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The Battle for Libya

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Libya on the Brink: Qaddafi Sends his Son to tell the World to Back Down

February 21st 2011

Arab Topics - Muammar Qaddafi

Moammar Qaddafi’s son Seif al-Islam proclaimed that his father remained in charge and has the army’s support. He said that they will “fight until the last man, the last woman, the last bullet.” During the first comments following six days of demonstrations, he acknowledged that the Libyan army made mistakes during protests because troops were not prepared to battle demonstrators. Juda S. Engelmayer 

After 41 years of authoritarian rule, Moammar Qaddafi has been frustrated by the wave of unrest that is sweeping the country, with mass demonstrations in the capitol city, Tripoli and Benghazi, the second-largest city, Qaddafi’s son said “There has to be a firm stand…This is not the Tunisian or Egyptian army,” as he threatened to “eradicate the pockets of sedition.”

Unlike the revolt in Egypt and Tunisia, Libya has answered the demonstrators with deadly force, and al-Islam says that the government will prevail.  Since the protests began, more than 200 people have been killed; something that Western nations and human rights groups have been watching carefully.  "The United States is gravely concerned with disturbing reports and images coming out of Libya," State Department spokesman P.J. Crowley said in a statement Sunday.

Acknowledging that protesters have seized control of some military bases and tanks, al-Islam warned that the protesters were risking a civil war that could burn through Libya’s wealth. In his speech al-Islam used the argument of money and suggested that poverty will ensue should the revolt continue.  Yet, prior to the unrest the unemployment rate was 30 percent and housing is in short supply.  In the eastern part of the country, poverty is much worse.  Al-Islam also threatened that the country would resort to “colonial” rule, with "Americans and European fleets coming your way and they will occupy you.”  He claimed that Libyan exiles “living comfortably” in the west wanted to come back and rule the country.  Prince Idris al-Senussi, an exiled Libyan opposition leader was on CNN Sunday praising the people of Libya for their valiant protest.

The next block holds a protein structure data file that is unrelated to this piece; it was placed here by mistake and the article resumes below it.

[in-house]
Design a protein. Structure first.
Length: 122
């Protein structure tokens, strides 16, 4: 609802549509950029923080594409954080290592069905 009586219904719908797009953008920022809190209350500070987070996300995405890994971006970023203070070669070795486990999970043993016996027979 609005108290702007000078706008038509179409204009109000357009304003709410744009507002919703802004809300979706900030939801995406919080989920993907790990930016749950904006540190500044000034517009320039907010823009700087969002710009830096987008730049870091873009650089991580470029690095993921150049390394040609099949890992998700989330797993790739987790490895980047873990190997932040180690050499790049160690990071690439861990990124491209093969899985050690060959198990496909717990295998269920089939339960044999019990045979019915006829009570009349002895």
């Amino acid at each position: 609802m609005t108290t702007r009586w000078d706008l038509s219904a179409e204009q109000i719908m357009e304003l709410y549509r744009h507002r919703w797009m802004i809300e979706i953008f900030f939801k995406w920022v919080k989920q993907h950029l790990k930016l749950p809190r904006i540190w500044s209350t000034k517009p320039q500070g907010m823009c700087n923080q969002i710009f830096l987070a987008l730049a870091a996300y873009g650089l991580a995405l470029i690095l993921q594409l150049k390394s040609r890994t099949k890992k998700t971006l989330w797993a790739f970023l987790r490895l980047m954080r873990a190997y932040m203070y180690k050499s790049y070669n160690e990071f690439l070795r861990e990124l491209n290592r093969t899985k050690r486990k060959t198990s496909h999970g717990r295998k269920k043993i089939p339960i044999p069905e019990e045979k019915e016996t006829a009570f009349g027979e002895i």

In a further setback for Qaddafi, a key Libyan tribe and government ally turned against him, and Libya's permanent representative to the Arab League, Abdel Moneim al-Honi, said he has joined the revolution in protest Qaddafi’s decision to fire on demonstrators and killing many of them.  To combat the flow of information, just as in Egypt, the Internet has been shut down, and international calls cannot be made, and the standard move blocking journalists from covering the news.  Eyewitnesses able to sneak cell phone calls have been calling international news organizations informing that protesters were fighting back forcefully and not giving up. 

Since 2003, Qaddafi had been trying to bring his country out of international isolation and abandoned his program for weapons of mass destruction, renounced terrorism and compensated victims of the April 5, 1986 bombing of La Belle disco in Berlin that killed two US servicemen and a Turkish woman, and the 1988 bombing of Pan Am flight 103 over Lockerbie, Scotland, that killed 270 people.  The efforts of the British government to help Libya open up, which is presumed to have led to the release of the Pam Am bombing mastermind Abdelbaset al-Megrah after only serving 8½ years, is a source of contention between the U.S. and the U.K.. 

Those moves, however, opened the door for warmer relations with the West and the lifting of U.N. and U.S. sanctions. Yet, the bloody response to this protests is causing a strain in the relationship between Libya and western nations that have been working to include the oil rich state among “friendly” nations.  Seif al-Islam warns the west to stay out of the conflict and claimed that once they squash the rebellion, the nations that supported the people's protest will regret it.

Within hours after al-Islam's broadcast, protesters stormed the broadcasting stations in Tripoli and set government buildings on fire.  Ali Gebril, a Libyan-American with family living in several cities of Libya is expecting the people to prevail.  When asked if he expected the revolution to free Libya he said, “I have no doubt about it.”

Juda Engelmayer is an executive with the NY PR agency, 5W Public Relations and a contributor to the Cutting Edge News.


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